10. Won’t robots and drones have the same downsides as electronic gear with the added problem that a fried robot is an art installation while a fried augmented infantryman is still a regular infantryman?

  11. “I predict ground warfare will head the same way as air warfare. Robots and drones will be at the front line and humans will stay a bit behind and orchestrate the fireworks.”

    Years ago I wrote about such a pattern.
    (1) New technology is often expensive, bulky, heavy, energy-hungry – and thus used on warships.
    (2) New or evolved technology that’s still expensive, but not heavy or bulky is then used in combat aircraft.
    (3) A reduction in costs leads to employment in armoured vehicles or generally in ground vehicles.
    (4) Later, the technology is so small, lightweight and cheap that it’s going to be used with the infantry and finally (such as recently radios) by the individual infantrymen.

    It’s possible that what we’re seeing now in naval and air war realms will move towards armoured and infantry combat like that. Some tanks have hard kill defences against munitions now, a concept that has naval origin. Radio jamming has moved from warships to aircraft to AFVs and infantry. Software-based intra-squad radios are obvious candidates for individual radio jamming these days.

    I suspect the land warfare of the future is about many small AUTONOMOUS drones that execute missions given or at least signed off by humans. They will exist in many sizes, but I suspect there will be a trend towards smaller ones, towards mostly small bird size with a few bigger ones held in reserve.

  12. So they dialled the exoskeleton down to unpowered and only up to the hip instead of Robocop.
    Well, that’s actually what I arrived at when I looked at ultralightweight infantry equipment options. I assembled all the lightest must-haves and arrived at around 22 kg, still too much IMO. My conclusion was to hope on a passive exoskeleton legs to support the load bearing belt in order to give the infantry high tactical mobility.

  13. There is no EMP mine yet as far as I know. However, it is logical to develop one as soon as there are use cases for it. EMP weapons are being deployed on missiles already. Google NNEMP and “CHAMP missile”.
    Mines are very cost effective close range weapons but requires the enemy to come to you. The biggest problem is they kill your own troops and civilians too and causes problems long after the conflict has ended.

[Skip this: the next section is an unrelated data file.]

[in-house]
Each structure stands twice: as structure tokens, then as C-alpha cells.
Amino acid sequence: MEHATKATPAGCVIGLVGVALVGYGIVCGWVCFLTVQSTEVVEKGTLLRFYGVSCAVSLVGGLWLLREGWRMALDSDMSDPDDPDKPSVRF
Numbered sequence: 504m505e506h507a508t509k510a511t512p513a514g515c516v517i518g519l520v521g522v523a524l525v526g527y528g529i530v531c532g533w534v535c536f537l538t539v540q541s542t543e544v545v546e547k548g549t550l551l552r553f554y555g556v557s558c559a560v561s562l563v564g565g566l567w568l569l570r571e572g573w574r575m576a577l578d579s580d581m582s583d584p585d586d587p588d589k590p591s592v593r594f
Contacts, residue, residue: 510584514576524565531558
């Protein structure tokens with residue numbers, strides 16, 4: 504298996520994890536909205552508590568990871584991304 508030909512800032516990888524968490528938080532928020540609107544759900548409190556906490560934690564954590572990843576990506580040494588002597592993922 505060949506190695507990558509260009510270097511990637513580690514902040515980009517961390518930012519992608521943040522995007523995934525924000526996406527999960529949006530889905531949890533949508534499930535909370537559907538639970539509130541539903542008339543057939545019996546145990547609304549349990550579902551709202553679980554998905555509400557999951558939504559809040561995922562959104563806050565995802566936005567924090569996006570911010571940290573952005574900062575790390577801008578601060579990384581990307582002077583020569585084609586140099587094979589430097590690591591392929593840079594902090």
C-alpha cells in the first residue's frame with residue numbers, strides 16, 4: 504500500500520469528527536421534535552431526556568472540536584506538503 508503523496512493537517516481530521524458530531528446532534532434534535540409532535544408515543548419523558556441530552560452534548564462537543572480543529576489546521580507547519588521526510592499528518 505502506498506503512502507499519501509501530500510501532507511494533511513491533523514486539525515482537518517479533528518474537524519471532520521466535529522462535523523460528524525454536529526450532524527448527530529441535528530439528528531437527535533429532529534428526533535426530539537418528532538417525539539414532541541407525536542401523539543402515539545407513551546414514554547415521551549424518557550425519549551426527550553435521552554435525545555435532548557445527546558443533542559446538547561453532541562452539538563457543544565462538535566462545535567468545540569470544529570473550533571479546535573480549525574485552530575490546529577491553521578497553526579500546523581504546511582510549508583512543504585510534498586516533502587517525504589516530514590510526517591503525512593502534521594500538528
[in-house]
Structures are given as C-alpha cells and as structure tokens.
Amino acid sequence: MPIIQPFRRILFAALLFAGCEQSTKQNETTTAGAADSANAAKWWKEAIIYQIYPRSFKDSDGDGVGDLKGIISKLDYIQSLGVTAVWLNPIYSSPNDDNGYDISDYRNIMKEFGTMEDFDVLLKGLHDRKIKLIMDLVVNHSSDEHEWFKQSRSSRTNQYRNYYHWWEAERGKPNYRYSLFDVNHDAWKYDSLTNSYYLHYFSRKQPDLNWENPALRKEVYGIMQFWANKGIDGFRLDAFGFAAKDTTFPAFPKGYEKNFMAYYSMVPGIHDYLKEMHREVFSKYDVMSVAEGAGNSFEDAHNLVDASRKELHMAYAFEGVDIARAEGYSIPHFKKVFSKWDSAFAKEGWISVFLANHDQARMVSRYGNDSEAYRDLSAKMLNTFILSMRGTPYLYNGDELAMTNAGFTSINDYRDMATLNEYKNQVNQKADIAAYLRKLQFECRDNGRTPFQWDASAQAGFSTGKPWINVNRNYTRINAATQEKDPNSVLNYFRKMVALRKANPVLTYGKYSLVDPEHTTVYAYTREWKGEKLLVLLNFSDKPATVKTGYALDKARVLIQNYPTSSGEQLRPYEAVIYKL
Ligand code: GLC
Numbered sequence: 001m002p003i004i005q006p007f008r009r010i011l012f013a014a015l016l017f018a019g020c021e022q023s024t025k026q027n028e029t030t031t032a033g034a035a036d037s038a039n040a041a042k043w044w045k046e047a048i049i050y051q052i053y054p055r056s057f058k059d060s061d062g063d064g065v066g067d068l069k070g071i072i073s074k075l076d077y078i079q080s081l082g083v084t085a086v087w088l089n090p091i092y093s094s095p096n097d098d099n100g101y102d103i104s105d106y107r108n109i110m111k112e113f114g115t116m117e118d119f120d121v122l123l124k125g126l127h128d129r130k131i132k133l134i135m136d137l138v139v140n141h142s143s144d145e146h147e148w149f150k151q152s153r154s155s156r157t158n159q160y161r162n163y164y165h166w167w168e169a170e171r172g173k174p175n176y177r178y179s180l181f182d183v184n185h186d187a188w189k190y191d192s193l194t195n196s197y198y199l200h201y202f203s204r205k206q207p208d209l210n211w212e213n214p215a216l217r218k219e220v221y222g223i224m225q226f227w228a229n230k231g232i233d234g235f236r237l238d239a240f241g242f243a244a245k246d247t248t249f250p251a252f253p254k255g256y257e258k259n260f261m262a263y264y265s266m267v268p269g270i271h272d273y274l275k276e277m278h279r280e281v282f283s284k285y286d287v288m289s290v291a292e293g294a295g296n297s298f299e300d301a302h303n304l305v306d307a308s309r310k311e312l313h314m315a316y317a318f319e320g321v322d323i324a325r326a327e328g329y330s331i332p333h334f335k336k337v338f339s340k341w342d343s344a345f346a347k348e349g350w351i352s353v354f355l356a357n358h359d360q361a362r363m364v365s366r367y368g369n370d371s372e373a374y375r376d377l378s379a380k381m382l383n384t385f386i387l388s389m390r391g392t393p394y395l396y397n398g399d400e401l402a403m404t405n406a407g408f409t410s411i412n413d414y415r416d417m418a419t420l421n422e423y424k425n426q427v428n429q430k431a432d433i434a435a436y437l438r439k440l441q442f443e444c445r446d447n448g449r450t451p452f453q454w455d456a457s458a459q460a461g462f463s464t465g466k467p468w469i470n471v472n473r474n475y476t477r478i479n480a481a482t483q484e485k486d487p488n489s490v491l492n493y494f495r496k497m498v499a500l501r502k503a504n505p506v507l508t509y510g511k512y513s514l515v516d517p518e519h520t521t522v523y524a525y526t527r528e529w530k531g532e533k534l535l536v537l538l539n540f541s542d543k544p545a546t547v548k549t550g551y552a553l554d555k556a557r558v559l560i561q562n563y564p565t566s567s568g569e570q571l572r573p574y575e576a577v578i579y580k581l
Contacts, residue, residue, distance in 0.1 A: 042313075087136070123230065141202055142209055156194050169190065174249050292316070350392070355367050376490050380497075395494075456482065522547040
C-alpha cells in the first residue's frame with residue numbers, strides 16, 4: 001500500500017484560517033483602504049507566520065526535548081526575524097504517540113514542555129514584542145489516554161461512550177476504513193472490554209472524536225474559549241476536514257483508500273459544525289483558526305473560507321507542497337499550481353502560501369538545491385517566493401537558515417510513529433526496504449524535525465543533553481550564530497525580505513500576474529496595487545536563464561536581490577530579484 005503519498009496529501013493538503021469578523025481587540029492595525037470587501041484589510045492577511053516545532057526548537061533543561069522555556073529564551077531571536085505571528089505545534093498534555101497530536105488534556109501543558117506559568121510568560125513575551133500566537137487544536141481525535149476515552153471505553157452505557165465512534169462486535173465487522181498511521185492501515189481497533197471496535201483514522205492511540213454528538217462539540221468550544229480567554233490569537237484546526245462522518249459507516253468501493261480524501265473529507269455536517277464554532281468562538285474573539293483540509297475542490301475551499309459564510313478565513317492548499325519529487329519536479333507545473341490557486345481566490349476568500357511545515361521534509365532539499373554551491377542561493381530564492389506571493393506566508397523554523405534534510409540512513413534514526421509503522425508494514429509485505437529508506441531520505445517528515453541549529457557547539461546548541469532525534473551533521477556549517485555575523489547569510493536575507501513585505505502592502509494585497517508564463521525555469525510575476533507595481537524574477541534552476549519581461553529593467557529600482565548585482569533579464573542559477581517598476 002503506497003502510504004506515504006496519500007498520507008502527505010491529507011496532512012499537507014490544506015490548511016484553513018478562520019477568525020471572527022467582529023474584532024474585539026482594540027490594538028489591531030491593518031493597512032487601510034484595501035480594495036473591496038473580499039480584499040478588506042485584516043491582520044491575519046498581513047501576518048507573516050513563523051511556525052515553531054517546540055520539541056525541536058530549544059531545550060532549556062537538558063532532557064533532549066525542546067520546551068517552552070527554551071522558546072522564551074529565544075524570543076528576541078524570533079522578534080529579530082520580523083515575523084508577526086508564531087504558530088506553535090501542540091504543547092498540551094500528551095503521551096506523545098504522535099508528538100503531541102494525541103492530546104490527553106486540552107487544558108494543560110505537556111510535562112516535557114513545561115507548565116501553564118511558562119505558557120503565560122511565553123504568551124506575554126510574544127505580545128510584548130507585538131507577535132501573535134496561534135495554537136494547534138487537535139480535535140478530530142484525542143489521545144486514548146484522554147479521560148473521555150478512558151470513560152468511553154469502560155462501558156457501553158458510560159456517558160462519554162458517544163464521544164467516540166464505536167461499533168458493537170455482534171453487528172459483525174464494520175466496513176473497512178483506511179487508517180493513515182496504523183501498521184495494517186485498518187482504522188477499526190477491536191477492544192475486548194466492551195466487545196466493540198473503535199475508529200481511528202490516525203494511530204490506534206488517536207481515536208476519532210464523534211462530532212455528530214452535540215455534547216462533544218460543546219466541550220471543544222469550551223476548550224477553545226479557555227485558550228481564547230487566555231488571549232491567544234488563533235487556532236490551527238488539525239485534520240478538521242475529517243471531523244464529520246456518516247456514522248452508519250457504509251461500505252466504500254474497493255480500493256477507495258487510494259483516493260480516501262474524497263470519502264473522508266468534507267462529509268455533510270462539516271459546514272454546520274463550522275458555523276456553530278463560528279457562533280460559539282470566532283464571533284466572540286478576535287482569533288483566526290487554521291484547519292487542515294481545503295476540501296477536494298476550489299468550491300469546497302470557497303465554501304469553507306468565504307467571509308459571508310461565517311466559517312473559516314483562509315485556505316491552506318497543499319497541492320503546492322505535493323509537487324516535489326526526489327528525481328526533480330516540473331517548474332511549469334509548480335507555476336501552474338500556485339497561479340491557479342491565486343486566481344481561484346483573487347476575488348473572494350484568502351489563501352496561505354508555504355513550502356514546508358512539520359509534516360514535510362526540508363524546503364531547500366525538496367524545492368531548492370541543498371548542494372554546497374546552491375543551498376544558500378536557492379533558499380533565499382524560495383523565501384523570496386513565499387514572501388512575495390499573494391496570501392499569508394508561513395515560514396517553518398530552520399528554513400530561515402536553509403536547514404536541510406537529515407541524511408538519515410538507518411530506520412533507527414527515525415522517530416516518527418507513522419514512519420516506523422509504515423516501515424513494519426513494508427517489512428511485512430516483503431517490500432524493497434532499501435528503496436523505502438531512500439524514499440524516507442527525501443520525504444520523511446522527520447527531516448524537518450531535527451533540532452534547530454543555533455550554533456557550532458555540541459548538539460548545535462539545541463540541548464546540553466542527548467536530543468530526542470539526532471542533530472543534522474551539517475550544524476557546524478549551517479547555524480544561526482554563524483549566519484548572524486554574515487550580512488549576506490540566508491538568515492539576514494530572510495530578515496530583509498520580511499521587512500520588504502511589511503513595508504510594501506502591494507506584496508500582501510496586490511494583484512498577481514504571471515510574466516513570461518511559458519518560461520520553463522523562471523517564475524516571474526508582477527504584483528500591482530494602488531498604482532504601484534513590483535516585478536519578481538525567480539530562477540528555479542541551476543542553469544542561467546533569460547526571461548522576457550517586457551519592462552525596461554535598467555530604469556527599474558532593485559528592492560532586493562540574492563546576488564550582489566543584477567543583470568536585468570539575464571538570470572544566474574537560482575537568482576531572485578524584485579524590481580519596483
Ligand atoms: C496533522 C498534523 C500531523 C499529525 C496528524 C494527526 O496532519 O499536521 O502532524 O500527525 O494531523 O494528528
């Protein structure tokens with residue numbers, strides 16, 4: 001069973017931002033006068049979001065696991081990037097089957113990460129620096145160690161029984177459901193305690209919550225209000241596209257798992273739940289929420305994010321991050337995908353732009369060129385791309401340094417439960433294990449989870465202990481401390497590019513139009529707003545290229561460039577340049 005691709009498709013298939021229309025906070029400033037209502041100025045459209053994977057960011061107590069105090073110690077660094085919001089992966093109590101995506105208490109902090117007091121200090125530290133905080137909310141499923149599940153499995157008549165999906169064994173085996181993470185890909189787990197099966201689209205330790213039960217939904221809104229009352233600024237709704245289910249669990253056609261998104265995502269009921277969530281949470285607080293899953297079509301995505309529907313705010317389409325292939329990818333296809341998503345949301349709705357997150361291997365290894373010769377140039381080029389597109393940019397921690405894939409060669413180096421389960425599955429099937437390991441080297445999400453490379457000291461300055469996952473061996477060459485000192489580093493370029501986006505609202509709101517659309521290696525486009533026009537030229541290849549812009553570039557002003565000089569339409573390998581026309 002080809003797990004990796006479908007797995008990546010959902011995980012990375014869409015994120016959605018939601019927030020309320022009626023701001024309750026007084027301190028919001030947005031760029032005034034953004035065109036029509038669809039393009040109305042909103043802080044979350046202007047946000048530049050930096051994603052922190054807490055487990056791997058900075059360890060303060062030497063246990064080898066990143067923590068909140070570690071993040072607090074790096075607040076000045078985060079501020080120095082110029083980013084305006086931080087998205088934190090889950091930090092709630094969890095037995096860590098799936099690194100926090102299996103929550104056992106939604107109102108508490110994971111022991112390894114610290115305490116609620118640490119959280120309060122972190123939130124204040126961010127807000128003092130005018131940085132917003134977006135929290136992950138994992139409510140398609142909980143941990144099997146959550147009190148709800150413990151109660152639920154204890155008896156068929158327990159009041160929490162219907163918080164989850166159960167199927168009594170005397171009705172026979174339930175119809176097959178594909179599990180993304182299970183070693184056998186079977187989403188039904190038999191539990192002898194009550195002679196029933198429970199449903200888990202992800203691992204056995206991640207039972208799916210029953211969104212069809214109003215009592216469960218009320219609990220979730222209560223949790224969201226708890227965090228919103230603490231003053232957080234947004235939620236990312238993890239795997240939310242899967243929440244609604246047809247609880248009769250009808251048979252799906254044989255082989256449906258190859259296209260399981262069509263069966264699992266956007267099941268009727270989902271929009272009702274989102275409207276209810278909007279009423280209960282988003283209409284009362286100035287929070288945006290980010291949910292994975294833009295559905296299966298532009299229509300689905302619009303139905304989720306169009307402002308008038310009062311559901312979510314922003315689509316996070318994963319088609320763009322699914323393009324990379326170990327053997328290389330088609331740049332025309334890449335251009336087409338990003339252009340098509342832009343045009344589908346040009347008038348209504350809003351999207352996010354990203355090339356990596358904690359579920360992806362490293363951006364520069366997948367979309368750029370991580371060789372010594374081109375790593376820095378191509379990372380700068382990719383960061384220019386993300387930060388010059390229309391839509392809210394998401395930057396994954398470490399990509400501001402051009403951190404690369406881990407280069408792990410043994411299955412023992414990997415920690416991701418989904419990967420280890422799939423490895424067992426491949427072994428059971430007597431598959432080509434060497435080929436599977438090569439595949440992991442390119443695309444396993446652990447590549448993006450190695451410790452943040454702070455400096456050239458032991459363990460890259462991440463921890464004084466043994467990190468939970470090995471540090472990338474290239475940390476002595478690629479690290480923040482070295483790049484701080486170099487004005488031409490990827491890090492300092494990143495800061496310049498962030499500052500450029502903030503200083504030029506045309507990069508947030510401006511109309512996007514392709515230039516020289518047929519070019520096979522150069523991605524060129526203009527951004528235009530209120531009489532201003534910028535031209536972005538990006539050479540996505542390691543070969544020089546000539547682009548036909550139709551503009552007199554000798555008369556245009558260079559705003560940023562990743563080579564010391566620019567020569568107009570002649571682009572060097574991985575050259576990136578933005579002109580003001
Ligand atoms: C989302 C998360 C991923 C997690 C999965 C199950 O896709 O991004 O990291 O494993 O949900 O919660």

An EMP mine will have less of these problems. It will have better yield range than explosive weapons but still rather short. I believe current EMP weapons are often fueled by explosives, which means they are one time use. One could imagine lower yield weapons that could be recharged and be used many times. Could be used in ambushes to disrupt enemy sensors and equipment for a short period within a precise sector.

  14. I submit the theory that many of the fancy weapons designed are for the main purpose of making money. Many deployed weapon systems are a result of this and it’s pretty well documented.
    Electronic support systems will probably work OK (for a while) against third world countries, which seems to be the most common practical use case for western military. A qualified enemy is another thing.

  15. You are so much smarter than the designers and engineers on these projects, I bet they never thought of that!

  16. “EMP mine”?

    Is there really such a thing and wouldn’t a regular old mine be more effective. One would assum they will not use consumer electronics in these systems.

  17. Anything with electronics will probably become a risk. Things like exo-skeletons, networking, HUDs and augmented reality are very addictive and will quickly work their way into the tactics. Computer (game) simulations will no doubt show the advantage of this.
    However, EMP weapons are not that difficult and can render army units helpless. After being exposed to an EMP mine or something, the troops will have to either throw their expensive stuff on the ground or carry a few kg of garbage around. Then they will have to continue fighting old-school without having trained for it much.

    Another predictable development is weapons that sense and target electromagnetic fields. Sharks are a good inspiration. Troops with electronics will be a magnet for such weapons.

    I predict ground warfare will head the same way as air warfare. Robots and drones will be at the front line and humans will stay a bit behind and orchestrate the fireworks.